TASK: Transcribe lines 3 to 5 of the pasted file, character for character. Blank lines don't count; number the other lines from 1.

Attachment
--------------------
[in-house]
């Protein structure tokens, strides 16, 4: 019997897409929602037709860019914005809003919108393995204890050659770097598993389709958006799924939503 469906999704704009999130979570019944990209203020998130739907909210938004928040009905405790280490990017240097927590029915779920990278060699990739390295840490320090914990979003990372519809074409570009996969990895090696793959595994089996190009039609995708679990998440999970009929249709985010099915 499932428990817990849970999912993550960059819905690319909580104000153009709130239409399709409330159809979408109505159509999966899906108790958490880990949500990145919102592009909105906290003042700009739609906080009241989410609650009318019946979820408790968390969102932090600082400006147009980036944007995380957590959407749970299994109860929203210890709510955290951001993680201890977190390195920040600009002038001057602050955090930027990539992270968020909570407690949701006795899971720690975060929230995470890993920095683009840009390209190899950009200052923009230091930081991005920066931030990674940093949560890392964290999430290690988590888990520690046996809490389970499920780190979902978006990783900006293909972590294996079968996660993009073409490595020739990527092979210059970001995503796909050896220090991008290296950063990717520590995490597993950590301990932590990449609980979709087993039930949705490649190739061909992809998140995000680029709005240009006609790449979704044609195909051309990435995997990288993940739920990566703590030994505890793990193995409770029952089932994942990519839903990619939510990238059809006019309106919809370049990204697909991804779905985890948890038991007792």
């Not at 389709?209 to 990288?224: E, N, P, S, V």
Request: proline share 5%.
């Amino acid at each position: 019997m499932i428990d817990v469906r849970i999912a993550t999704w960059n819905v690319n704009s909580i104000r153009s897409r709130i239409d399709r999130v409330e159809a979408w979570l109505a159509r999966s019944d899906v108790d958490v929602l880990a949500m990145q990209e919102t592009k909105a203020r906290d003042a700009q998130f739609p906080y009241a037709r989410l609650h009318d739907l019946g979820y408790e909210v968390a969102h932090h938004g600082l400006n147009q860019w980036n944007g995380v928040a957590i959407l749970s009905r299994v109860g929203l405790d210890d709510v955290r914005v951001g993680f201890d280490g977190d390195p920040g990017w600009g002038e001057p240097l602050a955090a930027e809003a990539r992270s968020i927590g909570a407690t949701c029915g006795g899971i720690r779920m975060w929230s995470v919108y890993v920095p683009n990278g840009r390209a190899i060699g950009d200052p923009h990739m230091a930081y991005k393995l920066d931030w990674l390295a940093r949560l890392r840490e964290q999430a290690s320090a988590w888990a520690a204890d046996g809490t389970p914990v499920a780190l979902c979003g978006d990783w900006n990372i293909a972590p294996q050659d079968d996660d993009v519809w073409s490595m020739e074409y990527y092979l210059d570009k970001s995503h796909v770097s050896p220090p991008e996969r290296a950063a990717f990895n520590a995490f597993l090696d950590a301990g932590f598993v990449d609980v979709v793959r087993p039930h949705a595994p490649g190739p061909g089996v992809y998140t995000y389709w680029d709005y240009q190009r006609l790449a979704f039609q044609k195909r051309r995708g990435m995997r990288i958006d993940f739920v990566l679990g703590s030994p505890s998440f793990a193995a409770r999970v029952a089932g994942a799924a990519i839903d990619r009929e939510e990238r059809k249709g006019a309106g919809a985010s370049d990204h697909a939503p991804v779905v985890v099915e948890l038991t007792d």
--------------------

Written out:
């Not at 389709?209 to 990288?224: E, N, P, S, V």
Request: proline share 5%.
């Amino acid at each position: 019997m499932i428990d817990v469906r849970i999912a993550t999704w960059n819905v690319n704009s909580i104000r153009s897409r709130i239409d399709r999130v409330e159809a979408w979570l109505a159509r999966s019944d899906v108790d958490v929602l880990a949500m990145q990209e919102t592009k909105a203020r906290d003042a700009q998130f739609p906080y009241a037709r989410l609650h009318d739907l019946g979820y408790e909210v968390a969102h932090h938004g600082l400006n147009q860019w980036n944007g995380v928040a957590i959407l749970s009905r299994v109860g929203l405790d210890d709510v955290r914005v951001g993680f201890d280490g977190d390195p920040g990017w600009g002038e001057p240097l602050a955090a930027e809003a990539r992270s968020i927590g909570a407690t949701c029915g006795g899971i720690r779920m975060w929230s995470v919108y890993v920095p683009n990278g840009r390209a190899i060699g950009d200052p923009h990739m230091a930081y991005k393995l920066d931030w990674l390295a940093r949560l890392r840490e964290q999430a290690s320090a988590w888990a520690a204890d046996g809490t389970p914990v499920a780190l979902c979003g978006d990783w900006n990372i293909a972590p294996q050659d079968d996660d993009v519809w073409s490595m020739e074409y990527y092979l210059d570009k970001s995503h796909v770097s050896p220090p991008e996969r290296a950063a990717f990895n520590a995490f597993l090696d950590a301990g932590f598993v990449d609980v979709v793959r087993p039930h949705a595994p490649g190739p061909g089996v992809y998140t995000y389709w680029d709005y240009q190009r006609l790449a979704f039609q044609k195909r051309r995708g990435m995997r990288i958006d993940f739920v990566l679990g703590s030994p505890s998440f793990a193995a409770r999970v029952a089932g994942a799924a990519i839903d990619r009929e939510e990238r059809k249709g006019a309106g919809a985010s370049d990204h697909a939503p991804v779905v985890v099915e948890l038991t007792d």